Manufacturing is a key driver of economic growth for the Association of Southeast Asian Nations (ASEAN), accounting for approximately $670 billion, or 21% of the region’s GDP in 2018, and is expected to double to $1.4 trillion by 2028 according to the World Economic Forum. Furthermore, ASEAN has approximately $250 billion to $275 billion in incremental value at stake by 2028, representing a 35 to 40% increase in manufacturing value added (MVA) from productivity gains and the unlocking of additional revenue streams such as new products and quality improvements through the adoption of Fourth Industrial Revolution (4IR) technologies.
The last 18 months have been difficult for all global businesses, but the manufacturing sector, in particular, has been at the forefront of change. Plant owners were forced to respond to rapidly changing demand with newfound nimbleness, speed, and agility as the pandemic disrupted supply chains worldwide.
Flexibility, supply chain resilience, increased productivity, and sustainability are among the emerging business imperatives for the manufacturing industry today.
Governments Driving Adoption in ASEAN
While labour costs have been a major motivator for shifting manufacturing to Southeast Asia, they are not the only factor. The majority of industries are incorporating new technology and intelligent automation into their production processes. Starting a new factory in ASEAN will allow global manufacturers to start from scratch rather than upgrading/retrofitting their existing facilities. This is also evident in policy initiatives spearheaded by local government agencies to encourage local businesses to adopt digital or industry 4.0 technologies.
The Rise of IR 4.0 and its Impact on ASEAN Manufacturers
In AIBP’s 2021 ASEAN Innovation Survey, 95.5% of ASEAN manufacturers believed Industry 4.0 will bring transformation of existing businesses and/or new business models to their industries. Leveraging business process automation across the business (54.9%) and supply chain optimisation (50.4%) are key priorities for ASEAN manufacturers when fortifying resilience. (You may view more findings in AIBP’s 2021/22 ASEAN Innovation Market Overview here.)
Manufacturing companies globally have generally begun their digital transformation with plant and machine automation in order to reduce manual operations and increase physical throughput.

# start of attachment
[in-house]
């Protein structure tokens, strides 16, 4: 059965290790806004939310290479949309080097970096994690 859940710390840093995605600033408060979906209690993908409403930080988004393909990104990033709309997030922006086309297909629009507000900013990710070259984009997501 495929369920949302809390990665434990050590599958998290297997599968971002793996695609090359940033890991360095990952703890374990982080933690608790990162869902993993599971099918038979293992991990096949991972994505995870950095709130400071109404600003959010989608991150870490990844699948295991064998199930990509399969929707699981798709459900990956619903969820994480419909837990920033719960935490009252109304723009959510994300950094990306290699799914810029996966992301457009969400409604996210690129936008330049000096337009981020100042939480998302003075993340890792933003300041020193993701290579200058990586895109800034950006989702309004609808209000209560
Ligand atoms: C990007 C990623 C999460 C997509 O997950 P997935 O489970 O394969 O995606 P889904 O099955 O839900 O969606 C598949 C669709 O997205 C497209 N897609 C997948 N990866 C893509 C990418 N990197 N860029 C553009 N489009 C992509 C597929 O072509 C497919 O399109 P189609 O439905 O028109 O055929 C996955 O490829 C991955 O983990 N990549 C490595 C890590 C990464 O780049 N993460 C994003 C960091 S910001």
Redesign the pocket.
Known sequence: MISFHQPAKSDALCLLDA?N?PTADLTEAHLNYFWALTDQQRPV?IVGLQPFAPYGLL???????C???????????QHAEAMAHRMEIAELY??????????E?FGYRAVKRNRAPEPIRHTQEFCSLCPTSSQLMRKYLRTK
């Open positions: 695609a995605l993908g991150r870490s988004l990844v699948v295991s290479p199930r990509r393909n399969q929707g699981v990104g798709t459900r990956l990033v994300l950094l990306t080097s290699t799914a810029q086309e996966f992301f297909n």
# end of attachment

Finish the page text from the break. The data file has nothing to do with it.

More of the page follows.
Carsem, a leading provider of turnkey packaging and test services to the semiconductor industry, also one of the 2021 AIBP ASEAN Enterprise Innovation Award Winners, highlighted three initiatives that were part of their digital roadmap, which has helped to increase productivity and reduce human intervention in their factory. All three initiatives are part of Carsem’s overall digital transformation strategy, and will be replicated in other Carsem factories in the coming years as the company strives to be fully automated in order to achieve the highest quality with zero defects. (Find out more about their winning case study here)
Significant Challenges in Getting ASEAN 4IR Ready: Technological Governance and Cybersecurity
Although centralised IT systems are frequently required for Industry 4.0 transformations, recent global cyberattacks have revealed a vulnerability in these highly interconnected systems. Toyota, the world’s largest carmaker, continues to deal with the impact of one of the biggest supply chain attacks globally. Two weeks ago, Toyota was forced to halt operations at 14 plants in Japan after one of its component suppliers was reportedly targeted by a cyberattack. Last week, Denso, a top Toyota supplier, was targeted by a ransomware attack.
Companies throughout ASEAN have not been spared from these attacks – INTERPOL’s ASEAN Cyberthreat Assessment 2021 highlighted that the top five most frequently attacked industries in ASEAN included manufacturing, retail, government agencies, healthcare, and construction. Although precautionary measures are obviously required, cybersecurity risks should not prevent ASEAN manufacturers from reaping the benefits of these new technologies.
With the accelerated adoption of the 4IR, the importance of technological governance and cybersecurity will grow. Emerging technologies will necessitate new and swift governance decisions, while increased technology adoption and use will heighten the importance of cybersecurity.
The Future Outlook of ASEAN Manufacturing
Manufacturers in ASEAN have struggled to claim the title of the world’s next factory, owing to low productivity rates. Industry 4.0 technologies can assist the region in overcoming this barrier. These technologies can help businesses not only modernise their processes and eliminate inefficiencies, but they can also give businesses the freedom to make bold strategic decisions and reinvent their own business models, providing a sustainable foundation for maintaining a competitive edge in the face of global competition.
As part of our upcoming ASEAN-wide series on the digital age in the manufacturing industry, we will be looking to address topics on Realising the Potential of the Digital Technologies in Supply Chain, Cybersecurity for Smart Factories in Manufacturing, and ASEAN Agribusiness Revolution in the Digital Age. You may register for these online focus group discussions here.
16 March 2022